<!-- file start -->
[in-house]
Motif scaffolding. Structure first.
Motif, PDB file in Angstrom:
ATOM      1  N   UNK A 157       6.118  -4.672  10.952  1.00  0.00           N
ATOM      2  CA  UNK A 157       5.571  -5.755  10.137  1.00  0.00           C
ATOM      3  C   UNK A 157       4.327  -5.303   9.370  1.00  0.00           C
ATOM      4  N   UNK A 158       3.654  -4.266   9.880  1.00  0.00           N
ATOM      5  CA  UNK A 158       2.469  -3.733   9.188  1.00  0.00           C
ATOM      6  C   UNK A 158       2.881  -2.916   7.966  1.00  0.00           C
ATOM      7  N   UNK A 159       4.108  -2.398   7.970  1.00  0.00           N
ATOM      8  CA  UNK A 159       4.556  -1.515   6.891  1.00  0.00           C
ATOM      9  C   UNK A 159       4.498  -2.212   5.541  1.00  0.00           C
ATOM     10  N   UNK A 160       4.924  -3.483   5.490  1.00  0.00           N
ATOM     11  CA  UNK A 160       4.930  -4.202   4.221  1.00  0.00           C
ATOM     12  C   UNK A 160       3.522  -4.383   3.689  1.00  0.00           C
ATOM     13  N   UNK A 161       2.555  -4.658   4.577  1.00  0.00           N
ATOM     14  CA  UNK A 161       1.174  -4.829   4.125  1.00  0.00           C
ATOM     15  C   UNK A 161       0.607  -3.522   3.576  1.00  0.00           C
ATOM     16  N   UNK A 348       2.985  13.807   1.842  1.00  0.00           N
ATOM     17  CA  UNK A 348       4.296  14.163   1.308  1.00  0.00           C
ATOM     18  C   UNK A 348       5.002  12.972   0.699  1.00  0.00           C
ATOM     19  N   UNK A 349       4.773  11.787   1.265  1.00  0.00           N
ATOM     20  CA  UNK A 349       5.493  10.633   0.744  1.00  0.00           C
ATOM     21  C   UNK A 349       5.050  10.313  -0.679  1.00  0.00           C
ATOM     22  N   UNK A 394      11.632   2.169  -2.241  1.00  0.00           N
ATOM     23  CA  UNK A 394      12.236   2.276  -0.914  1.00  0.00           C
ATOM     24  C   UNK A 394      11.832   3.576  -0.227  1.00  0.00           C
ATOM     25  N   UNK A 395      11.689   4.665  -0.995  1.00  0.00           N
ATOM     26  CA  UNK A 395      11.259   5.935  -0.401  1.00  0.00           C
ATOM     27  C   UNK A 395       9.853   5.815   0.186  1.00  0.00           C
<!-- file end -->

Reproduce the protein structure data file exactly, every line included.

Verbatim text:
[in-house]
Motif scaffolding. Structure first.
Motif, PDB file in Angstrom:
ATOM      1  N   UNK A 157       6.118  -4.672  10.952  1.00  0.00           N
ATOM      2  CA  UNK A 157       5.571  -5.755  10.137  1.00  0.00           C
ATOM      3  C   UNK A 157       4.327  -5.303   9.370  1.00  0.00           C
ATOM      4  N   UNK A 158       3.654  -4.266   9.880  1.00  0.00           N
ATOM      5  CA  UNK A 158       2.469  -3.733   9.188  1.00  0.00           C
ATOM      6  C   UNK A 158       2.881  -2.916   7.966  1.00  0.00           C
ATOM      7  N   UNK A 159       4.108  -2.398   7.970  1.00  0.00           N
ATOM      8  CA  UNK A 159       4.556  -1.515   6.891  1.00  0.00           C
ATOM      9  C   UNK A 159       4.498  -2.212   5.541  1.00  0.00           C
ATOM     10  N   UNK A 160       4.924  -3.483   5.490  1.00  0.00           N
ATOM     11  CA  UNK A 160       4.930  -4.202   4.221  1.00  0.00           C
ATOM     12  C   UNK A 160       3.522  -4.383   3.689  1.00  0.00           C
ATOM     13  N   UNK A 161       2.555  -4.658   4.577  1.00  0.00           N
ATOM     14  CA  UNK A 161       1.174  -4.829   4.125  1.00  0.00           C
ATOM     15  C   UNK A 161       0.607  -3.522   3.576  1.00  0.00           C
ATOM     16  N   UNK A 348       2.985  13.807   1.842  1.00  0.00           N
ATOM     17  CA  UNK A 348       4.296  14.163   1.308  1.00  0.00           C
ATOM     18  C   UNK A 348       5.002  12.972   0.699  1.00  0.00           C
ATOM     19  N   UNK A 349       4.773  11.787   1.265  1.00  0.00           N
ATOM     20  CA  UNK A 349       5.493  10.633   0.744  1.00  0.00           C
ATOM     21  C   UNK A 349       5.050  10.313  -0.679  1.00  0.00           C
ATOM     22  N   UNK A 394      11.632   2.169  -2.241  1.00  0.00           N
ATOM     23  CA  UNK A 394      12.236   2.276  -0.914  1.00  0.00           C
ATOM     24  C   UNK A 394      11.832   3.576  -0.227  1.00  0.00           C
ATOM     25  N   UNK A 395      11.689   4.665  -0.995  1.00  0.00           N
ATOM     26  CA  UNK A 395      11.259   5.935  -0.401  1.00  0.00           C
ATOM     27  C   UNK A 395       9.853   5.815   0.186  1.00  0.00           C